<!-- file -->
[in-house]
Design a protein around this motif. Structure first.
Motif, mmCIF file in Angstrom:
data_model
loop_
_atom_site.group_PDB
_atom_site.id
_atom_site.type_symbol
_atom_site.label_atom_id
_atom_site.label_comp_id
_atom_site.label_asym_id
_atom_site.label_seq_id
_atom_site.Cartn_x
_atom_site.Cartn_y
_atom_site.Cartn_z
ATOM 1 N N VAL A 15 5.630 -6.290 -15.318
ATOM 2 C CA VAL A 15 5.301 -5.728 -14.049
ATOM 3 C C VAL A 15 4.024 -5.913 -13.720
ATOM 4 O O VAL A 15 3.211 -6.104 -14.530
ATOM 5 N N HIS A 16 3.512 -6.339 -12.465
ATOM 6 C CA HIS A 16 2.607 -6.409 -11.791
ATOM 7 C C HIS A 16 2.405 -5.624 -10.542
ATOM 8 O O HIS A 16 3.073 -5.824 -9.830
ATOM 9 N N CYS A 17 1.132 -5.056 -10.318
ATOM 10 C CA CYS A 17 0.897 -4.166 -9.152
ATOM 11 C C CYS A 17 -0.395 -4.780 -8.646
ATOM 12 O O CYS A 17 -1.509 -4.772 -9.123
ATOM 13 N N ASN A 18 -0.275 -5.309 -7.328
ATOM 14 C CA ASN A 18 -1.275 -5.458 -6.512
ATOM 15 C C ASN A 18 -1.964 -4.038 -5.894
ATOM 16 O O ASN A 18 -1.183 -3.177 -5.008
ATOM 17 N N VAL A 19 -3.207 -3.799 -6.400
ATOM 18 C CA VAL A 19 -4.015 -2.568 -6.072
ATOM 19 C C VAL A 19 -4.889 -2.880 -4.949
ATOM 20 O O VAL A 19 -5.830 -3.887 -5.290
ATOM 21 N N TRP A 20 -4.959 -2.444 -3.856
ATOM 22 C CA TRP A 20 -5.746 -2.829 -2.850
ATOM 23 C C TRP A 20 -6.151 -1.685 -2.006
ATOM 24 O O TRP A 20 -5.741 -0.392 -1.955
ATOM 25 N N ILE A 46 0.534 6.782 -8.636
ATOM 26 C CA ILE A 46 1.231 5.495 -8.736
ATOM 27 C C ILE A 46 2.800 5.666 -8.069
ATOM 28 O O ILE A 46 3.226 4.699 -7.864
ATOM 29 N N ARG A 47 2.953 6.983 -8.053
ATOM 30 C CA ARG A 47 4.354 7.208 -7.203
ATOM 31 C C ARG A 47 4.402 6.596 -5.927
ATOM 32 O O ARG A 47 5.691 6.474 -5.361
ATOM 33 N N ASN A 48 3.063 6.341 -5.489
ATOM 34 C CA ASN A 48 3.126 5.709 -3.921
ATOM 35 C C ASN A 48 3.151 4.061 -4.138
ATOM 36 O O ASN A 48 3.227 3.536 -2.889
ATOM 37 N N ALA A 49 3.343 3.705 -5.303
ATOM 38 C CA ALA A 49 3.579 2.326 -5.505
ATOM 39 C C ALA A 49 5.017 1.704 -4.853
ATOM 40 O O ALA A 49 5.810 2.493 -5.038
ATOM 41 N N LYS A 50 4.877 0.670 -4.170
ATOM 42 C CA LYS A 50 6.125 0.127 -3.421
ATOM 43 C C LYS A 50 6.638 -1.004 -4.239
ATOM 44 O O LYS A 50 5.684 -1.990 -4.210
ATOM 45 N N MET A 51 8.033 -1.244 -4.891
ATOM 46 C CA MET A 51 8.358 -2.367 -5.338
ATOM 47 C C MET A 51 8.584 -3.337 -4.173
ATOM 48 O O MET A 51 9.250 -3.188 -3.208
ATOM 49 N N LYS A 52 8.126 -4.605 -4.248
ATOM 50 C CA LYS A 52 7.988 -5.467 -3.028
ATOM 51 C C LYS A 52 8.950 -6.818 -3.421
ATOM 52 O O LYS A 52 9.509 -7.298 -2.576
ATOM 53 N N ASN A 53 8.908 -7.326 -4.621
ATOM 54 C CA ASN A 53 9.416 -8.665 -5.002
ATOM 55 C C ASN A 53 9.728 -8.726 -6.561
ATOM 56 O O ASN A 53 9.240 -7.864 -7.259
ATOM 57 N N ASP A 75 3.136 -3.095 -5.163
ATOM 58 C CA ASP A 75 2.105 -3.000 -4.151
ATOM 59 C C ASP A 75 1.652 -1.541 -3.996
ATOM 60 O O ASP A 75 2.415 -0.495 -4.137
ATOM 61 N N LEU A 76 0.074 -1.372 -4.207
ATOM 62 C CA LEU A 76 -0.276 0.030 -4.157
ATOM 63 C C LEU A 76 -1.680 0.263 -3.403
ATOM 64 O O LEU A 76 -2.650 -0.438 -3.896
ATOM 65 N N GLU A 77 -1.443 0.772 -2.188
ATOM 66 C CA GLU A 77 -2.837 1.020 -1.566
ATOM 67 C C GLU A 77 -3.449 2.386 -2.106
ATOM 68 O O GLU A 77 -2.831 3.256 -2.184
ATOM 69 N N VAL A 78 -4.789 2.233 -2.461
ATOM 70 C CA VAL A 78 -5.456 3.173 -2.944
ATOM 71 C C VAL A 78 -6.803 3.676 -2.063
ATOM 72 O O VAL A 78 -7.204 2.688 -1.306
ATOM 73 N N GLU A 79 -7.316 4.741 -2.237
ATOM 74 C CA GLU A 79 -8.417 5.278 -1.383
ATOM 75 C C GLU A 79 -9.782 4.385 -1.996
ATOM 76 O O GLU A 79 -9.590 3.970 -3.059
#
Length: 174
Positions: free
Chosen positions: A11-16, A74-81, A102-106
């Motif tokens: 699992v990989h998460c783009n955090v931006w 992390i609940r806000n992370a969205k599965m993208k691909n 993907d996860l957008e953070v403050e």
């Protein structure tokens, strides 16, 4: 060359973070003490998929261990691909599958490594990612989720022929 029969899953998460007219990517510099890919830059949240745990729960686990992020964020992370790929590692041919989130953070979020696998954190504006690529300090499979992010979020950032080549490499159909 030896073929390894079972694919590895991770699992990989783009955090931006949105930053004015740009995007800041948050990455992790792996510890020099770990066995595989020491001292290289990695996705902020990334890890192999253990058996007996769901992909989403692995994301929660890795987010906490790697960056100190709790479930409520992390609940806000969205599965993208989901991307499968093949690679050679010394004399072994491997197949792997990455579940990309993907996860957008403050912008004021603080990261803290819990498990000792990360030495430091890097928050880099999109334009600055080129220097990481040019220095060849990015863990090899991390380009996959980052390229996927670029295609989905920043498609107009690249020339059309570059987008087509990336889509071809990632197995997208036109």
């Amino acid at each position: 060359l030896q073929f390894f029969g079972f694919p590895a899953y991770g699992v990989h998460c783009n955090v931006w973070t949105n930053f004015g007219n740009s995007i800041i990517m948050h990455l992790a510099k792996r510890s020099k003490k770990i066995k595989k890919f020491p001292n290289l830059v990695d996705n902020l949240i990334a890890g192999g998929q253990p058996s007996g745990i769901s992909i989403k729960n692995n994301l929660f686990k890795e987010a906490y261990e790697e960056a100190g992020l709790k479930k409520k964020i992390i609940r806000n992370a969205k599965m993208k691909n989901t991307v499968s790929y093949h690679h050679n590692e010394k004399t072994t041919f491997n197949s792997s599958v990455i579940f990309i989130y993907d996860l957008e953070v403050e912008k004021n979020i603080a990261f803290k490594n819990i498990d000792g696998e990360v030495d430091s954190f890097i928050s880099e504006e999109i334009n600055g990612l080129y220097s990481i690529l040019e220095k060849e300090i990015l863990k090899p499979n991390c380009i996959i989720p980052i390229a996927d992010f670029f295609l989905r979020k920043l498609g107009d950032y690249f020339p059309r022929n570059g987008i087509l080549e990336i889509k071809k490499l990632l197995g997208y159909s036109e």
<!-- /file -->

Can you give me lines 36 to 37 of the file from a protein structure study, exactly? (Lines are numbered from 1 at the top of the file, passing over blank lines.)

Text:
ATOM 21 N N TRP A 20 -4.959 -2.444 -3.856
ATOM 22 C CA TRP A 20 -5.746 -2.829 -2.850